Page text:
Sunday, March 01, 2015

Bitmap Font Rendering

When dealing with small resolutions or tiny fonts, a well implemented bitmap font is nearly always going to be clearer than other types of text rendering.

DancingSquid, my little engine, includes ttf font rendering. The test program shows the font rendering below.

Non-Bitmap Font Rendering
When the font gets quite small there's a little blurring. This occurs because the font is a mesh and has to be scaled down to the desired size. Using this method, it's very hard to know how best to rasterize the font to fill the pixels perfectly. The advantage of this method is fonts can be scaled nicely and are very smooth at larger sizes. Also the DancingSquid implementation has nice things like kerning, unicode support etc, so you can type in Japanese and English and it's all fine.

On top of the DancingSquid engine I've written a small simple bitmap font renderer, to render fonts like those in 16-bit console games. All the fonts are monospace (no kerning) each glyph is a 8x8 pixel box. Because the pixels of the font align perfectly and the font is so tiny each pixel matters; it's much sharper.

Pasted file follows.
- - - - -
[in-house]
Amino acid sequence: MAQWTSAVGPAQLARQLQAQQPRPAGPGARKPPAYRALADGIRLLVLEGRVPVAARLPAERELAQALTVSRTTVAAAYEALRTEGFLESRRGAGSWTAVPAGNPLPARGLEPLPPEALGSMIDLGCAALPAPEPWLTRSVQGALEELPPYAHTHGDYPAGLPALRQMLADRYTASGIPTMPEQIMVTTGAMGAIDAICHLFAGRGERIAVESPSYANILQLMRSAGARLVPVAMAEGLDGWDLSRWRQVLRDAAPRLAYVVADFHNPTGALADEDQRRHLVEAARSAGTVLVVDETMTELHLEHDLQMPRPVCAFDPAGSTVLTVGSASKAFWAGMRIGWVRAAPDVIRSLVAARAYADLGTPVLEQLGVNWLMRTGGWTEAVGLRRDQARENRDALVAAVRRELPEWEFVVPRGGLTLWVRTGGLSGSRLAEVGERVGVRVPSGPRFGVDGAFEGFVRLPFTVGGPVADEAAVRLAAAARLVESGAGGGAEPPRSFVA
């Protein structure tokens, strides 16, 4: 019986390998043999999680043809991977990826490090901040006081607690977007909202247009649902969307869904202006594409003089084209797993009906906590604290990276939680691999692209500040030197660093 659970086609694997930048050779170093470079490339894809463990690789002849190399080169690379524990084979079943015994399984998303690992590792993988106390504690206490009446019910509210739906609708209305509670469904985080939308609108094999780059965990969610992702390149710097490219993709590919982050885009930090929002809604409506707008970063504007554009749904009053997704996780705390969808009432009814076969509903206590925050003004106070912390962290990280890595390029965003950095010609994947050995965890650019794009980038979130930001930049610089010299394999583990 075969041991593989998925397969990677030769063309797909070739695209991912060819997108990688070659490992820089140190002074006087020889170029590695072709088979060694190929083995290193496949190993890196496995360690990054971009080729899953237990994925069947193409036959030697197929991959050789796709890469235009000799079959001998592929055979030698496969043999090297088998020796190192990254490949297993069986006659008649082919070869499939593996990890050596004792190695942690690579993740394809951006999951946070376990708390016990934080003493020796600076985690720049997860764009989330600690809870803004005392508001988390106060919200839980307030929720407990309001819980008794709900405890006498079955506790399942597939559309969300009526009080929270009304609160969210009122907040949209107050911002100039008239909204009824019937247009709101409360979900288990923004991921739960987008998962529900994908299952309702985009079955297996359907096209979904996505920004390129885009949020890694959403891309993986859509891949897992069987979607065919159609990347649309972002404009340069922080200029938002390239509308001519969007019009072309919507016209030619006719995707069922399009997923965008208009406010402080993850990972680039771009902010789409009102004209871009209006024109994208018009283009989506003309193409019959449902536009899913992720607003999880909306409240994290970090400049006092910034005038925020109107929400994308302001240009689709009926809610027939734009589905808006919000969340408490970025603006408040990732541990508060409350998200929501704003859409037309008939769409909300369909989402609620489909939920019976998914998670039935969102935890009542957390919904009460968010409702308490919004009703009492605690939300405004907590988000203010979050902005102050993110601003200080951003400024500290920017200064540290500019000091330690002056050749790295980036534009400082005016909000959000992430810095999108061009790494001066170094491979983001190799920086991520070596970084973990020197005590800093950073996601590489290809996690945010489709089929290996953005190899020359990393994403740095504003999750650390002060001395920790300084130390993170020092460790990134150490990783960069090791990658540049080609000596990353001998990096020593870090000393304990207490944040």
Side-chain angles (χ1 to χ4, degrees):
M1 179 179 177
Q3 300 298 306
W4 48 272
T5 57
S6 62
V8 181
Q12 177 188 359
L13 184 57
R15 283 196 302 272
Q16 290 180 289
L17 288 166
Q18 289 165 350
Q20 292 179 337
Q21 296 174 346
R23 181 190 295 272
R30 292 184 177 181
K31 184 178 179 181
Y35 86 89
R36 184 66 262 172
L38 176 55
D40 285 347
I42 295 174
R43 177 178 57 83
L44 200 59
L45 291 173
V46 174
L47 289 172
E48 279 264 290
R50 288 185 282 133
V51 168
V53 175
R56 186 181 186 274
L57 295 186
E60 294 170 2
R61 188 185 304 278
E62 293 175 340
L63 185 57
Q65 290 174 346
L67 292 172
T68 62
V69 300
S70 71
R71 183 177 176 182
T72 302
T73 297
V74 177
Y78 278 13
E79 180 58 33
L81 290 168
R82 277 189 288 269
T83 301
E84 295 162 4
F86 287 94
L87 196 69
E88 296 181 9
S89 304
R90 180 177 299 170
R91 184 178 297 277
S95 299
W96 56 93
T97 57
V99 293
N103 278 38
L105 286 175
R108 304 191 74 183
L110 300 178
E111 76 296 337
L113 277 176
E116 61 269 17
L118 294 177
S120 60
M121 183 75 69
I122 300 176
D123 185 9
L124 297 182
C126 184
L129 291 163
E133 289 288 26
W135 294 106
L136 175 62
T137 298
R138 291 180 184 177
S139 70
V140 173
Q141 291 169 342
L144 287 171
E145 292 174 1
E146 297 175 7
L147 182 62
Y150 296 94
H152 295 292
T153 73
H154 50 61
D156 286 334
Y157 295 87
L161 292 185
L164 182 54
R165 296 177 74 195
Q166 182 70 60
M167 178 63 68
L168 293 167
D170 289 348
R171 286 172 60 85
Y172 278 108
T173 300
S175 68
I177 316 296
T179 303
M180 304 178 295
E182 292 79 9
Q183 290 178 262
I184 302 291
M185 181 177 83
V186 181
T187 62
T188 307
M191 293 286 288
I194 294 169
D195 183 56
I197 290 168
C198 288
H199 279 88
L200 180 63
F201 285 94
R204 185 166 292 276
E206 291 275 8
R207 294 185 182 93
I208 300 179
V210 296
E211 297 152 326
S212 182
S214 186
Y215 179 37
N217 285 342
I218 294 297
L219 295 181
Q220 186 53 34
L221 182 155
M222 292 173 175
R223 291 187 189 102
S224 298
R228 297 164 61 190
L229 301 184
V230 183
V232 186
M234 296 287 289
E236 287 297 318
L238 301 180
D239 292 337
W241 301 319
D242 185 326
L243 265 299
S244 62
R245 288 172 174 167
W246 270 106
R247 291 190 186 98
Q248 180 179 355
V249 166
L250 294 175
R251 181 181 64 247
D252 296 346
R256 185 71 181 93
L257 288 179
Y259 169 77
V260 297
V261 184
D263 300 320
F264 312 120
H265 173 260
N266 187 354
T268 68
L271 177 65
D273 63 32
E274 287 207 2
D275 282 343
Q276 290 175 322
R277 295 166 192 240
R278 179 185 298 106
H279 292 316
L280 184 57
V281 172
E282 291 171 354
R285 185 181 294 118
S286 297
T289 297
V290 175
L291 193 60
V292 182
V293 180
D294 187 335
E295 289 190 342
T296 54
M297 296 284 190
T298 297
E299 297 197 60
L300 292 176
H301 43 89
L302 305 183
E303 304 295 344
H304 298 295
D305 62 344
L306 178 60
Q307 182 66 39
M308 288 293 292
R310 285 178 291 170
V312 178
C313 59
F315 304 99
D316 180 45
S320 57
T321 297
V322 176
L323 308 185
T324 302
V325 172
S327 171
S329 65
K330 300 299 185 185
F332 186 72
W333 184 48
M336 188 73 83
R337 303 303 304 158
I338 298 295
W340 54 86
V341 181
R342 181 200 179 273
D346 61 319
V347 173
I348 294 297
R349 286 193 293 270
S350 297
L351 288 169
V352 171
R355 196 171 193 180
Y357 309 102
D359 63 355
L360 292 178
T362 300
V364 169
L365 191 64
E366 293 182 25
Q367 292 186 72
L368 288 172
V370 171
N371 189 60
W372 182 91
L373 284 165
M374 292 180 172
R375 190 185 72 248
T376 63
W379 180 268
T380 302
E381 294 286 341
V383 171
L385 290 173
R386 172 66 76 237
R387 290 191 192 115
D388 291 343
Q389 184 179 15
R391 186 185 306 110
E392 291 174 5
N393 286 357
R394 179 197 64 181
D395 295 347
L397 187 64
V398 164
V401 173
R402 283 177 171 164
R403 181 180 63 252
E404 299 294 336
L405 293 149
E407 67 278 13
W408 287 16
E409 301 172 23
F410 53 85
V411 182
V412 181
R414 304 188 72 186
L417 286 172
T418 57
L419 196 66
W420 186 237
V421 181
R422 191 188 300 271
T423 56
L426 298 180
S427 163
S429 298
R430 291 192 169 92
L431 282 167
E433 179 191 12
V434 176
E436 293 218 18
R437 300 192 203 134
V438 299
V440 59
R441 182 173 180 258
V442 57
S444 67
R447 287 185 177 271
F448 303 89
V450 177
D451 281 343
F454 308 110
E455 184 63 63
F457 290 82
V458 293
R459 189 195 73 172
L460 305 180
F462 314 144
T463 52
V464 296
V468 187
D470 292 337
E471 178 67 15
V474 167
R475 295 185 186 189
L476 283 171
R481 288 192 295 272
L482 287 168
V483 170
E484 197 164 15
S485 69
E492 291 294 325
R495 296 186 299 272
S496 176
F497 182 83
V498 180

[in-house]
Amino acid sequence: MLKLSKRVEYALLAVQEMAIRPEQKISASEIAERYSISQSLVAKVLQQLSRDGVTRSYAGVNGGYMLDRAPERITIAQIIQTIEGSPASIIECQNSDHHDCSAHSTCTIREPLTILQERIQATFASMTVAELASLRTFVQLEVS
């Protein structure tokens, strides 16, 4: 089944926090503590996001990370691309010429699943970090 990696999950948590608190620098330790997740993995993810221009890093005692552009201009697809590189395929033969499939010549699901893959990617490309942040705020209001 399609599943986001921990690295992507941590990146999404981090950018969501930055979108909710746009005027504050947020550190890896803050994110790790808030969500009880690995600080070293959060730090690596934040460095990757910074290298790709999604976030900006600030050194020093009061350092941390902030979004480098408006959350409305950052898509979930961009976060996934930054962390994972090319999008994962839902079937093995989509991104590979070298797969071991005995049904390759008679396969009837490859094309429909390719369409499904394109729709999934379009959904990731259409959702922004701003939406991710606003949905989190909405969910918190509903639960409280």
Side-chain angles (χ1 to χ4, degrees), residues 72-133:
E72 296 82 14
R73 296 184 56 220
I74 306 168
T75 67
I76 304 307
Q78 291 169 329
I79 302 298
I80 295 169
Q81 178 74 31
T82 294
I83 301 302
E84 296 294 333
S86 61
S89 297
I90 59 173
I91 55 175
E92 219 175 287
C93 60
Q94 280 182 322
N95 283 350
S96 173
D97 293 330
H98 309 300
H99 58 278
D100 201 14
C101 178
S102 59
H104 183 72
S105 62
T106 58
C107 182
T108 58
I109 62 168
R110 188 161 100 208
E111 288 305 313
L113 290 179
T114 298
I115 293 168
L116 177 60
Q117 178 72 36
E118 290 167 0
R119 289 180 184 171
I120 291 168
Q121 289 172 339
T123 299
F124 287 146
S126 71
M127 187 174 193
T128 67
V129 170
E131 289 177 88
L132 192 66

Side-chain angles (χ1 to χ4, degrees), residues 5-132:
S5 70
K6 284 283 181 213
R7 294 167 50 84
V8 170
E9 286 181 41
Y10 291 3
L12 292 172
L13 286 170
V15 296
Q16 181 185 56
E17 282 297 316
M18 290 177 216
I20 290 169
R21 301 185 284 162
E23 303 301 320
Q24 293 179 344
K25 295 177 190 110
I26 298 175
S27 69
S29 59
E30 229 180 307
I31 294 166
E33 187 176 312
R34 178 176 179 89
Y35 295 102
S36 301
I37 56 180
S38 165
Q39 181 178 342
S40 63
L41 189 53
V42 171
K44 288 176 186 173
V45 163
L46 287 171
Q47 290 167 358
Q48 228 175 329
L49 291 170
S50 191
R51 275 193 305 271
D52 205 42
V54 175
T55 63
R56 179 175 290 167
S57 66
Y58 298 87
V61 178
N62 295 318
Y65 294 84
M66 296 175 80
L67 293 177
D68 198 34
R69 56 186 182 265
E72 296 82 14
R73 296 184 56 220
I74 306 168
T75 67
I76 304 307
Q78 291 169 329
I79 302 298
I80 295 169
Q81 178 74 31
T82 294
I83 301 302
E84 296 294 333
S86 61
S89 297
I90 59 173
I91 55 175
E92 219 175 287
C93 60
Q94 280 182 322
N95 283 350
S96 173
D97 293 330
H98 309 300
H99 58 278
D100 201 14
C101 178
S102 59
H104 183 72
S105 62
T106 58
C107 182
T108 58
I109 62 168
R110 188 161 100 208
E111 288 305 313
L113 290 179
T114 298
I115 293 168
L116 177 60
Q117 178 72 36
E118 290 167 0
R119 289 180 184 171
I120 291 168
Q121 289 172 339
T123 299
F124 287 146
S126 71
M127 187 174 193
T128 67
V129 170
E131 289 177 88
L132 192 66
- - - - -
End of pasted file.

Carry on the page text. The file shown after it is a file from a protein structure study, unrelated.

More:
Bitmap Font rendering
This bitmap font code is almost a drop in replacement for DancingSquids normal font rendering but it can't scale (though it wouldn't be too hard to add certain scale amounts x2, x4 etc but it'd get blurry / pixelated pretty fast. It would be better just to use a larger font).

If you've read the blog before you probably know I'm writing How to Make an RPG. This bitmap font rendering code won't be making it into the book (but will be freely available). I want to avoid too much low-level engine stuff. I'll update with an article, after the book release,  showing how the bitmap font rendering works and how to add it.


... beause these screenshots have been resized the difference might not be super apparent but clicking on the image should enlarge it!
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